The steady rise of data volume shared on already-established and new Volunteered Geographic Information (VGI) and social media platforms calls for advanced analysis methods of user contribution patterns, leads to continued challenges in data fusion, and provides also new opportunities for rapid data analysis for event detection and VGI data quality assessment. Questions regarding the future of VGI and social media platforms include the prospect of continued user growth, engagement of new user groups, further expansion of VGI to educational activities, and closing data gaps in geographically underrepresented areas.

Although some papers for this Special Issue will be drawn from a related one day VGI-ALIVE workshop at the AGILE 2018 conference, other original submissions aligned with this area of research are also highly welcome. The workshop evolves around a wide range of VGI and social/media research topics including cross-platform data contributions, innovative VGI analysis approaches, current data fusion methods, data interoperability, real-world applications, and the use of VGI and social media use in education. Contributions that discuss future challenges of VGI and social media, may it be on the legal or technical side, that formulate a vision for VGI and social media usage and analysis for the near future, and that demonstrate analysis workflows or the integration of VGI into education are also welcome. This Special Issue offers an outlet for publishing papers relevant to the scope of this workshop. Papers will be reviewed on a continuing basis until the submission deadline.

Article processing fees of IJGI can be waived for a limited number of papers, where priority is given to papers presented during the VGI-ALIVE workshop at the AGILE 2018 conference and early submissions. Please contact the Guest Editors for more information.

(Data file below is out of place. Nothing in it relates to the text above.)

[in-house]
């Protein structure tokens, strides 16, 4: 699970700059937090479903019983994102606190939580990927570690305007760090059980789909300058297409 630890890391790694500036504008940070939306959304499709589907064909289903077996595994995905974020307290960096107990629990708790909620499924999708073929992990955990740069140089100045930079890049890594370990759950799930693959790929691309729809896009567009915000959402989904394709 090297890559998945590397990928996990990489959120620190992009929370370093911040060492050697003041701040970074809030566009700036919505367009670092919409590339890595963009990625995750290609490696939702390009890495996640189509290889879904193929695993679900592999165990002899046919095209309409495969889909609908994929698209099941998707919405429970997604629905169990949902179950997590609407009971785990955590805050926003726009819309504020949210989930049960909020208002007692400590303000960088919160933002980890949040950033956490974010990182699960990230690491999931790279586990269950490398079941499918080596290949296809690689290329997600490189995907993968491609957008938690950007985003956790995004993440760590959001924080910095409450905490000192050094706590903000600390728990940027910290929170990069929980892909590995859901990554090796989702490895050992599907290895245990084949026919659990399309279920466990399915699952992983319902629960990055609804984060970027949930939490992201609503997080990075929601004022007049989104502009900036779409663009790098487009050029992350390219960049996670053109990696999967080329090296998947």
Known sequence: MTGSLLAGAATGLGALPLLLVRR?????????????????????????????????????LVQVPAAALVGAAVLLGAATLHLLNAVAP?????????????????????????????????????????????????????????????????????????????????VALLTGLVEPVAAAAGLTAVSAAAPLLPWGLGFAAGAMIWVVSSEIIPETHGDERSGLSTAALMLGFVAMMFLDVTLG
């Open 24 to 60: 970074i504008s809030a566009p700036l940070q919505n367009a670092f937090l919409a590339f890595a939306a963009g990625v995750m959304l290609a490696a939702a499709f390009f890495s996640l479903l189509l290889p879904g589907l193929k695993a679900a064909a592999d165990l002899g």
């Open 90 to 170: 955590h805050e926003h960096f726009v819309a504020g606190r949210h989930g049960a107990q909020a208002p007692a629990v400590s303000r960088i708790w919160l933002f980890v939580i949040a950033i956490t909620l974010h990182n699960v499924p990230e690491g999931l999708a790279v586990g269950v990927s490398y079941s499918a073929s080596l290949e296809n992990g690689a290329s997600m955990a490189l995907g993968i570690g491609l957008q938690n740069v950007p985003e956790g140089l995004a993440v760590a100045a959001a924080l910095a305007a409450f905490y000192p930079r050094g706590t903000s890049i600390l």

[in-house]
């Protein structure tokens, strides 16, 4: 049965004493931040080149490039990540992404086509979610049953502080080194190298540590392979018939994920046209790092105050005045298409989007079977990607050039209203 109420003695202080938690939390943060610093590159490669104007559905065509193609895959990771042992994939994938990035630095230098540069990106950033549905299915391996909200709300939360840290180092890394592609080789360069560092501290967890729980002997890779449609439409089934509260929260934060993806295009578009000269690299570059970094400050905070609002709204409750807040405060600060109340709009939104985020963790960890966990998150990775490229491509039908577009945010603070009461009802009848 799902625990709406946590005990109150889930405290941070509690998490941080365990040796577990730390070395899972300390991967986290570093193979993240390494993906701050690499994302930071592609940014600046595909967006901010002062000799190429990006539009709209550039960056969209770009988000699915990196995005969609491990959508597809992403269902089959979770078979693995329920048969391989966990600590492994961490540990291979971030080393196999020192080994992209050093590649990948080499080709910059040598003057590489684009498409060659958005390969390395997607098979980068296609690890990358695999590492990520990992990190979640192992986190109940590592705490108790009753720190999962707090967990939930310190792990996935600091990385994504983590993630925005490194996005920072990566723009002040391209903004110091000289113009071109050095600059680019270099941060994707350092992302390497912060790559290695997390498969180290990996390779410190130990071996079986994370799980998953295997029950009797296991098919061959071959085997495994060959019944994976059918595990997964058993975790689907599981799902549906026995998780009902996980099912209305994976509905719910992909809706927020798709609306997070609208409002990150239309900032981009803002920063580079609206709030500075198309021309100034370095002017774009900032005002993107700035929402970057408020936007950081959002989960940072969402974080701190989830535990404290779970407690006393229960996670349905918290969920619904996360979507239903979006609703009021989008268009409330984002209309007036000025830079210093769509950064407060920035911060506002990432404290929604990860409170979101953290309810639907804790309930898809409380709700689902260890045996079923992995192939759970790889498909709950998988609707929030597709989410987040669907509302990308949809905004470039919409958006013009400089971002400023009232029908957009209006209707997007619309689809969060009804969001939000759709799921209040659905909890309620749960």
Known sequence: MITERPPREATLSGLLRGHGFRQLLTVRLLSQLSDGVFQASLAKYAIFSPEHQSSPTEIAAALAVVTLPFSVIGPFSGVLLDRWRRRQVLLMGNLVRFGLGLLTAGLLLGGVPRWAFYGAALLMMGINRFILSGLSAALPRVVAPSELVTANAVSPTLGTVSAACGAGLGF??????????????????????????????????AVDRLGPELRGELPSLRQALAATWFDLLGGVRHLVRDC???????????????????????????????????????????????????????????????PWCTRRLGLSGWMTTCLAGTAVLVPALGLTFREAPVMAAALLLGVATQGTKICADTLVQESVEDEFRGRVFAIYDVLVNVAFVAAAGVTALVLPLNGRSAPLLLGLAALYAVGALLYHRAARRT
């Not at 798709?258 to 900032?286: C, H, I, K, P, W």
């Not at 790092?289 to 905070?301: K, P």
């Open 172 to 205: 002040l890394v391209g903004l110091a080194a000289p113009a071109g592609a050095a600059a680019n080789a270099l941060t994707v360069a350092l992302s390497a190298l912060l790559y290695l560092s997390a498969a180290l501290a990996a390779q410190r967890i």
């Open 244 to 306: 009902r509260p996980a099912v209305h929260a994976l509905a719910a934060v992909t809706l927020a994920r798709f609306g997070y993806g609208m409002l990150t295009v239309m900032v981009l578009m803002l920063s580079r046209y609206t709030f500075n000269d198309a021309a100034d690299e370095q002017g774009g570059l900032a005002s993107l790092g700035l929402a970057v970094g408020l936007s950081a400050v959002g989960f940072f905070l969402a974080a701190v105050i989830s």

Special issue topics include (but are not limited to):

  • Activity patterns and collaboration across multiple VGI and social media platforms
  • (Quasi) real-time analysis of VGI and social media content
  • Technical and legal aspects of crowd-sourced data fusion
  • Opportunities, challenges, and limitations for the future of VGI
  • VGI and social media analysis in geographic areas with sparse data coverage
  • Novel methods of VGI data quality assessment
  • Mobility patterns from VGI and social media
  • User engagement and VGI education
  • Closing the gaps in VGI data coverage

Guest Editors:

  • Dr. Peter Mooney
  • Dr. Franz-Benjamin Mocnik
  • Prof. Dr. Alexander Zipf
  • Dr. Jamal Jokar Arsanjani
  • Dr. Hartwig H. Hochmair
  • Dr. Kiran Zahra

Manuscript Submission Information

Manuscripts should be submitted online at www.mdpi.com by registering and logging in to this website. Once you are registered, click here to go to the submission form. Manuscripts can be submitted until the deadline. All papers will be peer-reviewed. Accepted papers will be published continuously in the journal (as soon as accepted) and will be listed together on the special issue website. Research articles, review articles as well as short communications are invited. For planned papers, a title and short abstract (about 100 words) can be sent to the Editorial Office for announcement on this website.

Submitted manuscripts should not have been published previously, nor be under consideration for publication elsewhere (except conference proceedings papers). All manuscripts are thoroughly refereed through a single-blind peer-review process. A guide for authors and other relevant information for submission of manuscripts is available on the Instructions for Authors page. ISPRS International Journal of Geo-Information is an international peer-reviewed open access monthly journal published by MDPI.

Please visit the Instructions for Authors page before submitting a manuscript. The Article Processing Charge (APC) for publication in this open access journal is 1000 CHF (Swiss Francs). Submitted papers should be well formatted and use good English. Authors may use MDPI’s English editing service prior to publication or during author revisions.